San Rafael’s Salon B Welcomes All
For Bisham Bullock, who grew up in Marin City, the path to becoming a local salon owner, a certified master colorist and stylist, and a community leader began almost by accident.
As he was walking by a beauty school on Fourth Street in San Rafael, an instructor noticed him peeking in the door. “I had never thought about being a hairdresser or doing hair,” Bullock says. “But an instructor saw me and said, ‘You know what? I think you’d be a great hairdresser.’” She followed that up by telling Bullock that the county was offering regional occupational scholarships.
Bullock decided to take advantage of the opportunity and began his education in all things hair. “I seemed to be naturally gifted, and loved the social aspects of it,” he says. He used the scholarship to complete beauty school and earned his license, soon finding himself immersed in a new world at one of the “biggest and fanciest” salons in San Francisco, diPietro Todd.
But it wasn’t a perfect fit. “I’m an African American guy learning how to do mostly Caucasian and Asian hair and not doing any Black hair at all, and I wasn’t feeling super great about myself.”
Bullock learned as much as he could there and then moved on to Shylocks of Fifth Avenue in San Rafael, where he got a deeper understanding of hair color, and started enrolling in elite education programs at Redken in New York, TONI&GUY in Texas and Wella in Los Angeles. After a few years of “getting my feet wet and trying to figure out who I was going to be in the industry,” Bullock opened a small salon on Fourth Street in San Rafael in 2008, met his wife, Amy, helped put her through beauty school and eventually moved across the street to a bigger space that Salon B occupies today.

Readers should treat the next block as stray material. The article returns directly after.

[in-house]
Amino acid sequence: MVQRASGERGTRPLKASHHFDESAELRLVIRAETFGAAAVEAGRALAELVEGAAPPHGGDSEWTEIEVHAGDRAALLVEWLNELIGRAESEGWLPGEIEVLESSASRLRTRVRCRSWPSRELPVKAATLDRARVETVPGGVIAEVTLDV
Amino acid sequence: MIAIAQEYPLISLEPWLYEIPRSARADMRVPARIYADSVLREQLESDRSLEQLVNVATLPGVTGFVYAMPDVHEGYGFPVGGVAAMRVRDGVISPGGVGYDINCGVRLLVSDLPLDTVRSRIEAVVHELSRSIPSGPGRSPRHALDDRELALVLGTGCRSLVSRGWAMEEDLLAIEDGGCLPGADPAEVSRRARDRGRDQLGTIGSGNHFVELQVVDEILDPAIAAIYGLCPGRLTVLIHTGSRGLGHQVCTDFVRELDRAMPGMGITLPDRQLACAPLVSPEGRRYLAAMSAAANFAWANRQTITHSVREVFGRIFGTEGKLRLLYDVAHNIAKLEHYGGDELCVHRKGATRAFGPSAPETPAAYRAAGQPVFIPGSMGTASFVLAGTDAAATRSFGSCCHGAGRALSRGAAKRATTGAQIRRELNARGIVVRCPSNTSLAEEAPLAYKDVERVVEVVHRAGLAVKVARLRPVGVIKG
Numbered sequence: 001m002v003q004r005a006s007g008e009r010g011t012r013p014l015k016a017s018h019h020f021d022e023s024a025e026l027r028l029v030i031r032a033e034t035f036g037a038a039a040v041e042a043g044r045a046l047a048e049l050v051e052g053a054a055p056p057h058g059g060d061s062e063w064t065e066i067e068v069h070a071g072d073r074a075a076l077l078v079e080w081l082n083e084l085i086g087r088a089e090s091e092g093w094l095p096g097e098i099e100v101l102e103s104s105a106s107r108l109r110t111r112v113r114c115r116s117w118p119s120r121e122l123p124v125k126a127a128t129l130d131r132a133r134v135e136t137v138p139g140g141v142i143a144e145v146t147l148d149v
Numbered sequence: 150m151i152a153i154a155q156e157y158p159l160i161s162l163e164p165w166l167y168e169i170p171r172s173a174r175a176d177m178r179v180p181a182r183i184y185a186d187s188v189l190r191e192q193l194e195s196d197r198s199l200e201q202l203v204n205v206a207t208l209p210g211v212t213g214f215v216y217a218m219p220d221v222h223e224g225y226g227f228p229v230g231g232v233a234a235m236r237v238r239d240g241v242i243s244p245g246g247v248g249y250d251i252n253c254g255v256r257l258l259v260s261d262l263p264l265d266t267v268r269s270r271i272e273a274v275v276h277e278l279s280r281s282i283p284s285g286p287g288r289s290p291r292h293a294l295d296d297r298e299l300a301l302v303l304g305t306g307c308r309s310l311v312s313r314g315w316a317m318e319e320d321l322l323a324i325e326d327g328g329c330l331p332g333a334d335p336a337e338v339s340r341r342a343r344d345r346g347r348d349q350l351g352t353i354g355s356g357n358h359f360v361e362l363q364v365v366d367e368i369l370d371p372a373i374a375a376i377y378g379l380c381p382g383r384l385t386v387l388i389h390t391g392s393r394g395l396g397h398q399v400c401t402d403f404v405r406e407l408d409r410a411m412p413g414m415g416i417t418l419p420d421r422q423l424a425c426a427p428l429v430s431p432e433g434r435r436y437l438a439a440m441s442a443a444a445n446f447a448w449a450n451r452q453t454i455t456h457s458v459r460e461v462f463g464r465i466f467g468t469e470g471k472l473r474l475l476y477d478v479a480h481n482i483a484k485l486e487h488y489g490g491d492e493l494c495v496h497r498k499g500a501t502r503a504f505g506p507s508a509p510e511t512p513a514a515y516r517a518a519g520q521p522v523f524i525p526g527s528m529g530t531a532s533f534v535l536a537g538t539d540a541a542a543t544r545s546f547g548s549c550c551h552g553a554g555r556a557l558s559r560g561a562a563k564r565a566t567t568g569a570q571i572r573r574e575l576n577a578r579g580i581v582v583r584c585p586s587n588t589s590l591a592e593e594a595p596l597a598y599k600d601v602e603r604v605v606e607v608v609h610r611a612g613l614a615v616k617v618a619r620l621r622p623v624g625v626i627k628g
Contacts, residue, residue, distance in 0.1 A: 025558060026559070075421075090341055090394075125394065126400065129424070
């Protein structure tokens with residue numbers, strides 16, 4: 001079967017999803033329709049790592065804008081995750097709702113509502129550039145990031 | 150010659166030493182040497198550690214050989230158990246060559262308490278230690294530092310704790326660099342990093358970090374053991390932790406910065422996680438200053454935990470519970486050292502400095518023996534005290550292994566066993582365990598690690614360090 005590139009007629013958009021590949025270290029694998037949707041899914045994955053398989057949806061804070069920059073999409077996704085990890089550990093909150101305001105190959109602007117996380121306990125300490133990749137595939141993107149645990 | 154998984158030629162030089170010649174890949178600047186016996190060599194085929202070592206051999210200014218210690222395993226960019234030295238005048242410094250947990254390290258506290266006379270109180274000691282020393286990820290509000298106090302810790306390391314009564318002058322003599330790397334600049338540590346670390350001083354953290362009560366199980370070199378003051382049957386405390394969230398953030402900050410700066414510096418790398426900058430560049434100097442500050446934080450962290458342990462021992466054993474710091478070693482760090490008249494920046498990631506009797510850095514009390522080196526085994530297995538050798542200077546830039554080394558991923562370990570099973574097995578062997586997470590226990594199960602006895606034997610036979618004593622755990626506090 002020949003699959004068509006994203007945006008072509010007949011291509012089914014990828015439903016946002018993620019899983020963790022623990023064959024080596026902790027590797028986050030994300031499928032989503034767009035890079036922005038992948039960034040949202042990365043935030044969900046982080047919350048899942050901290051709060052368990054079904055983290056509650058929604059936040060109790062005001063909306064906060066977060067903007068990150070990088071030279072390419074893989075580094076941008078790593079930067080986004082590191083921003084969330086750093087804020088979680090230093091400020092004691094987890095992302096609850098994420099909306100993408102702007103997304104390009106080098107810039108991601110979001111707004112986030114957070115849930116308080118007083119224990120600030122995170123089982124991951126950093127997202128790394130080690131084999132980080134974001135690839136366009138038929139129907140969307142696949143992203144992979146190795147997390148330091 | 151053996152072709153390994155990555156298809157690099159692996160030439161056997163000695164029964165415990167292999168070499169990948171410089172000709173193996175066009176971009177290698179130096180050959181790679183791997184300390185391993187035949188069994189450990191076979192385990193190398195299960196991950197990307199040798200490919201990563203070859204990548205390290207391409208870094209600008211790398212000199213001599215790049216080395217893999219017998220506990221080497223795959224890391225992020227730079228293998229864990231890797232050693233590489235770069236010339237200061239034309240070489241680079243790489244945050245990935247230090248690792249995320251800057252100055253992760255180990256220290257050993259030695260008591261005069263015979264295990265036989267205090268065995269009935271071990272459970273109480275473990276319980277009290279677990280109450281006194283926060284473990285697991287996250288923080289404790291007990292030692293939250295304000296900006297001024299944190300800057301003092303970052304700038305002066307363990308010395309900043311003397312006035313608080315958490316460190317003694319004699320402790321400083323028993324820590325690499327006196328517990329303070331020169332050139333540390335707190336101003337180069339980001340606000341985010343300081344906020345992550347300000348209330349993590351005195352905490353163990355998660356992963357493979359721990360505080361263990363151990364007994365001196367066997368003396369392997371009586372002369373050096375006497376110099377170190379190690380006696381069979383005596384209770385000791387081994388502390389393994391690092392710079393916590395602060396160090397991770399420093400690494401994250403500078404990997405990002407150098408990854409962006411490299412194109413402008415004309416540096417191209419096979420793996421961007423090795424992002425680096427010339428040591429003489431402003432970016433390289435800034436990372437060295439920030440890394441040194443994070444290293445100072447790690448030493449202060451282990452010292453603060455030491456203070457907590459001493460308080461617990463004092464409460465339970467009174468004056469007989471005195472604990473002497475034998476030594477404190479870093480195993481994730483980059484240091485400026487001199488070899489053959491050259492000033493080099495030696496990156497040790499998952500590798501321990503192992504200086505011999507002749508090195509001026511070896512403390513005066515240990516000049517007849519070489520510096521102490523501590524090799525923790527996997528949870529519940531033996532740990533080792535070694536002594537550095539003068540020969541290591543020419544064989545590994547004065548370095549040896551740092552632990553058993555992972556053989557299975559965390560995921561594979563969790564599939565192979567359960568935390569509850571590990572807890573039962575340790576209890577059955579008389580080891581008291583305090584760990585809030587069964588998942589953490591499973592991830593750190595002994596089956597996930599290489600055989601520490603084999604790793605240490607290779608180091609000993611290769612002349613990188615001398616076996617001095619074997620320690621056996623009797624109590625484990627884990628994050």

It was in this location, which Bullock and his wife helped design, that new skills and a real sense of community began to develop. The first step was to take advantage of their street-facing storefront to offer more retail and even the salon’s own hair care line. But they didn’t just feature their own products. “We were getting inspired by going to makers fairs around the Bay Area and we decided to bring some of them into the salon,” Bullock says. “We also decided to have a little makers fair right at the salon and it was a big hit, attracting 200 people.”
During the pandemic Bullock and his wife also got more involved in political movements after the murder of George Floyd and other Black and brown people, and Bullock began connecting with others, inspiring them to vote and speaking out, including at a protest in front of the San Rafael police station. “It was the first time that I kind of spoke out loud, as a community person and as a businessperson, and spoke my truth about how it is to live, work and own a business as an African American person in San Rafael,” he says.
And in the end, it is speaking truth and offering a safe place to do it that means the most to Bullock and his wife. “We’ve always been helping people in the community, always been striving to be a safe